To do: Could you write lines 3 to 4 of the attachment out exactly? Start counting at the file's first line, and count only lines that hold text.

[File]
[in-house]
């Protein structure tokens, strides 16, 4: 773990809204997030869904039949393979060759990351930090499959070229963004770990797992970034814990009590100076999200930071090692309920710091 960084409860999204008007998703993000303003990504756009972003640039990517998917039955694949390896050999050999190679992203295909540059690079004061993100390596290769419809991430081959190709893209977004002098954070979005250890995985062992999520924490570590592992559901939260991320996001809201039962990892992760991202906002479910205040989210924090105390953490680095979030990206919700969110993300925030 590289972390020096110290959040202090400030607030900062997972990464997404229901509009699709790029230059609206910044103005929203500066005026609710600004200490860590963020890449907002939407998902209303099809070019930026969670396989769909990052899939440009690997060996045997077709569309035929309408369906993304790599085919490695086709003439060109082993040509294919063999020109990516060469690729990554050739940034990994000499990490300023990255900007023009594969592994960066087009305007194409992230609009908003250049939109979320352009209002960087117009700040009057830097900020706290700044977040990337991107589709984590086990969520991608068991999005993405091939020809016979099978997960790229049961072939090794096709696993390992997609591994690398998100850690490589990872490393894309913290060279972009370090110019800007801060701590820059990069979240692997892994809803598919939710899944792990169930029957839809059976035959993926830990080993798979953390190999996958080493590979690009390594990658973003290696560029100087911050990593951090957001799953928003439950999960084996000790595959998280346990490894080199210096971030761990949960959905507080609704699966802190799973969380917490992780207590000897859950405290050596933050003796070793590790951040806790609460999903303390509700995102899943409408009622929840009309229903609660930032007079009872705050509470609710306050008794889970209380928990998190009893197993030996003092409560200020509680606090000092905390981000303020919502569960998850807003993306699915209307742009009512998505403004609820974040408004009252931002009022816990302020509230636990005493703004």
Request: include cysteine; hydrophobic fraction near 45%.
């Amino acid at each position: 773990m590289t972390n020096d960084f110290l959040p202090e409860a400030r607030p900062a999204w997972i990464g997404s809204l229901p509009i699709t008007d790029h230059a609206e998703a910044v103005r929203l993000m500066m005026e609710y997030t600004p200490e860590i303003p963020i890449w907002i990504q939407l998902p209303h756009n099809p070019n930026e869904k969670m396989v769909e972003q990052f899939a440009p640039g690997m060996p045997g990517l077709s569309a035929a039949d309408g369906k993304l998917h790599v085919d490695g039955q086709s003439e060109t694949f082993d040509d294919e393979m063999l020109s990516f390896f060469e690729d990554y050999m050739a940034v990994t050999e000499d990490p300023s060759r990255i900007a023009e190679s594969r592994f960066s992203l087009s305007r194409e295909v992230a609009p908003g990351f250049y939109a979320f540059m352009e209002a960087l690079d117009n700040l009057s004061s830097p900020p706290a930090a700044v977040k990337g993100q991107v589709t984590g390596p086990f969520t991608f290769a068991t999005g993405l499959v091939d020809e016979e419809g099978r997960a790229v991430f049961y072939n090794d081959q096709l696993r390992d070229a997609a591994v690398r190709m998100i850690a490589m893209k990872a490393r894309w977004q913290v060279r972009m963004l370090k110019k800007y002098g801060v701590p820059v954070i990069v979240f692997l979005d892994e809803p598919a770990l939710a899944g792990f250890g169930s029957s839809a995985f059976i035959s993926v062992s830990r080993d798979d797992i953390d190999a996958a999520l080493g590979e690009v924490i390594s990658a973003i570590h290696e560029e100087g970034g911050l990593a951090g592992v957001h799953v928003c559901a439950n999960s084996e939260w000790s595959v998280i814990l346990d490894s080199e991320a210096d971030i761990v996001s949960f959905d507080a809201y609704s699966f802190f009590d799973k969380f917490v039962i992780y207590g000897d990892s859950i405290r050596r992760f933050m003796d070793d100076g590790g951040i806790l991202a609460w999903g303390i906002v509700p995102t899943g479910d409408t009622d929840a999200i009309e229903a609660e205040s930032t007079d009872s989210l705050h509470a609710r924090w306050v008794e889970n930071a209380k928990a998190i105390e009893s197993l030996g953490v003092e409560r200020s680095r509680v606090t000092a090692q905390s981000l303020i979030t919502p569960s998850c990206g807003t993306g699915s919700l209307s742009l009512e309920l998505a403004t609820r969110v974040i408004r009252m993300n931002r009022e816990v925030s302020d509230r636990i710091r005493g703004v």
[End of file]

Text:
Request: include cysteine; hydrophobic fraction near 45%.
């Amino acid at each position: 773990m590289t972390n020096d960084f110290l959040p202090e409860a400030r607030p900062a999204w997972i990464g997404s809204l229901p509009i699709t008007d790029h230059a609206e998703a910044v103005r929203l993000m500066m005026e609710y997030t600004p200490e860590i303003p963020i890449w907002i990504q939407l998902p209303h756009n099809p070019n930026e869904k969670m396989v769909e972003q990052f899939a440009p640039g690997m060996p045997g990517l077709s569309a035929a039949d309408g369906k993304l998917h790599v085919d490695g039955q086709s003439e060109t694949f082993d040509d294919e393979m063999l020109s990516f390896f060469e690729d990554y050999m050739a940034v990994t050999e000499d990490p300023s060759r990255i900007a023009e190679s594969r592994f960066s992203l087009s305007r194409e295909v992230a609009p908003g990351f250049y939109a979320f540059m352009e209002a960087l690079d117009n700040l009057s004061s830097p900020p706290a930090a700044v977040k990337g993100q991107v589709t984590g390596p086990f969520t991608f290769a068991t999005g993405l499959v091939d020809e016979e419809g099978r997960a790229v991430f049961y072939n090794d081959q096709l696993r390992d070229a997609a591994v690398r190709m998100i850690a490589m893209k990872a490393r894309w977004q913290v060279r972009m963004l370090k110019k800007y002098g801060v701590p820059v954070i990069v979240f692997l979005d892994e809803p598919a770990l939710a899944g792990f250890g169930s029957s839809a995985f059976i035959s993926v062992s830990r080993d798979d797992i953390d190999a996958a999520l080493g590979e690009v924490i390594s990658a973003i570590h290696e560029e100087g970034g911050l990593a951090g592992v957001h799953v928003c559901a439950n999960s084996e939260w000790s595959v998280i814990l346990d490894s080199e991320a210096d971030i761990v996001s949960f959905d507080a809201y609704s699966f802190f009590d799973k969380f917490v039962i992780y207590g000897d990892s859950i405290r050596r992760f933050m003796d070793d100076g590790g951040i806790l991202a609460w999903g303390i906002v509700p995102t899943g479910d409408t009622d929840a999200i009309e229903a609660e205040s930032t007079d009872s989210l705050h509470a609710r924090w306050v008794e889970n930071a209380k928990a998190i105390e009893s197993l030996g953490v003092e409560r200020s680095r509680v606090t000092a090692q905390s981000l303020i979030t919502p569960s998850c990206g807003t993306g699915s919700l209307s742009l009512e309920l998505a403004t609820r969110v974040i408004r009252m993300n931002r009022e816990v925030s302020d509230r636990i710091r005493g703004v």